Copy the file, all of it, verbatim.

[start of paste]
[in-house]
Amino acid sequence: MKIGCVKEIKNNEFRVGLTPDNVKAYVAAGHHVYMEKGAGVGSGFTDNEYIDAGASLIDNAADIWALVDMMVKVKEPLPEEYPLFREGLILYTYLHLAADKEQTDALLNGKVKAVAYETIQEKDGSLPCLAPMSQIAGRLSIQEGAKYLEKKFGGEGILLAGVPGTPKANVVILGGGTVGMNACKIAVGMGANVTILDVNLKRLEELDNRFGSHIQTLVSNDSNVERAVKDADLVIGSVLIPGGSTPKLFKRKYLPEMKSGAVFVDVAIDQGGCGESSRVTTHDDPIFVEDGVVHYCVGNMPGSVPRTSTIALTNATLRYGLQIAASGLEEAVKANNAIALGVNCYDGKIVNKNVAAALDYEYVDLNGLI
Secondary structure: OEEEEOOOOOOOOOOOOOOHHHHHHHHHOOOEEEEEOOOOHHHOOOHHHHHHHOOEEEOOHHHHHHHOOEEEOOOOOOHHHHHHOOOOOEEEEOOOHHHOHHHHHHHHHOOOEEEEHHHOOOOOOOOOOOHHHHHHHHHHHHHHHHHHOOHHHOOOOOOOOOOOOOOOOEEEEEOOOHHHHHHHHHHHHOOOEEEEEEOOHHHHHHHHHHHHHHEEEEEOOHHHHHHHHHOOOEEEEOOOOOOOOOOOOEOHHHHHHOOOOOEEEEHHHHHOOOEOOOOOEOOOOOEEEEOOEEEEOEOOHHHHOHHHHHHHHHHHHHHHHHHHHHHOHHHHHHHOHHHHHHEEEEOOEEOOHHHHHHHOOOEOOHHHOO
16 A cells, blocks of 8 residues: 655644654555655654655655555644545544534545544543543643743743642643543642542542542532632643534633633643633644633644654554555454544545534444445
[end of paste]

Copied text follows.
[in-house]
Amino acid sequence: MKIGCVKEIKNNEFRVGLTPDNVKAYVAAGHHVYMEKGAGVGSGFTDNEYIDAGASLIDNAADIWALVDMMVKVKEPLPEEYPLFREGLILYTYLHLAADKEQTDALLNGKVKAVAYETIQEKDGSLPCLAPMSQIAGRLSIQEGAKYLEKKFGGEGILLAGVPGTPKANVVILGGGTVGMNACKIAVGMGANVTILDVNLKRLEELDNRFGSHIQTLVSNDSNVERAVKDADLVIGSVLIPGGSTPKLFKRKYLPEMKSGAVFVDVAIDQGGCGESSRVTTHDDPIFVEDGVVHYCVGNMPGSVPRTSTIALTNATLRYGLQIAASGLEEAVKANNAIALGVNCYDGKIVNKNVAAALDYEYVDLNGLI
Secondary structure: OEEEEOOOOOOOOOOOOOOHHHHHHHHHOOOEEEEEOOOOHHHOOOHHHHHHHOOEEEOOHHHHHHHOOEEEOOOOOOHHHHHHOOOOOEEEEOOOHHHOHHHHHHHHHOOOEEEEHHHOOOOOOOOOOOHHHHHHHHHHHHHHHHHHOOHHHOOOOOOOOOOOOOOOOEEEEEOOOHHHHHHHHHHHHOOOEEEEEEOOHHHHHHHHHHHHHHEEEEEOOHHHHHHHHHOOOEEEEOOOOOOOOOOOOEOHHHHHHOOOOOEEEEHHHHHOOOEOOOOOEOOOOOEEEEOOEEEEOEOOHHHHOHHHHHHHHHHHHHHHHHHHHHHOHHHHHHHOHHHHHHEEEEOOEEOOHHHHHHHOOOEOOHHHOO
16 A cells, blocks of 8 residues: 655644654555655654655655555644545544534545544543543643743743642643543642542542542532632643534633633643633644633644654554555454544545534444445